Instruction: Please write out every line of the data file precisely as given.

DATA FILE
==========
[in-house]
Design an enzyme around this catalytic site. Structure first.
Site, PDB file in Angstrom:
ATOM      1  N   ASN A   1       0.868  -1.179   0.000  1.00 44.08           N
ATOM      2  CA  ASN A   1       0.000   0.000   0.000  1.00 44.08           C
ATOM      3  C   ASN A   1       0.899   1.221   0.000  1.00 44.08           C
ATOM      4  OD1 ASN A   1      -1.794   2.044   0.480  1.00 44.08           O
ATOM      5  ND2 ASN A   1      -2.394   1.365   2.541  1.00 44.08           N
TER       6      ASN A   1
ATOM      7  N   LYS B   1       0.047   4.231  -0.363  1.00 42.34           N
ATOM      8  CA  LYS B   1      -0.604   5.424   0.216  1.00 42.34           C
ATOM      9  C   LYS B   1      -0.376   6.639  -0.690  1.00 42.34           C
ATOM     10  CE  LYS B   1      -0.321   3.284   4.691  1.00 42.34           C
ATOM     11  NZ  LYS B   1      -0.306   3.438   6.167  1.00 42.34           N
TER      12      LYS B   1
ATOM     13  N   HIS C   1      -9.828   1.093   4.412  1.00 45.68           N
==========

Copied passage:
[in-house]
Design an enzyme around this catalytic site. Structure first.
Site, PDB file in Angstrom:
ATOM      1  N   ASN A   1       0.868  -1.179   0.000  1.00 44.08           N
ATOM      2  CA  ASN A   1       0.000   0.000   0.000  1.00 44.08           C
ATOM      3  C   ASN A   1       0.899   1.221   0.000  1.00 44.08           C
ATOM      4  OD1 ASN A   1      -1.794   2.044   0.480  1.00 44.08           O
ATOM      5  ND2 ASN A   1      -2.394   1.365   2.541  1.00 44.08           N
TER       6      ASN A   1
ATOM      7  N   LYS B   1       0.047   4.231  -0.363  1.00 42.34           N
ATOM      8  CA  LYS B   1      -0.604   5.424   0.216  1.00 42.34           C
ATOM      9  C   LYS B   1      -0.376   6.639  -0.690  1.00 42.34           C
ATOM     10  CE  LYS B   1      -0.321   3.284   4.691  1.00 42.34           C
ATOM     11  NZ  LYS B   1      -0.306   3.438   6.167  1.00 42.34           N
TER      12      LYS B   1
ATOM     13  N   HIS C   1      -9.828   1.093   4.412  1.00 45.68           N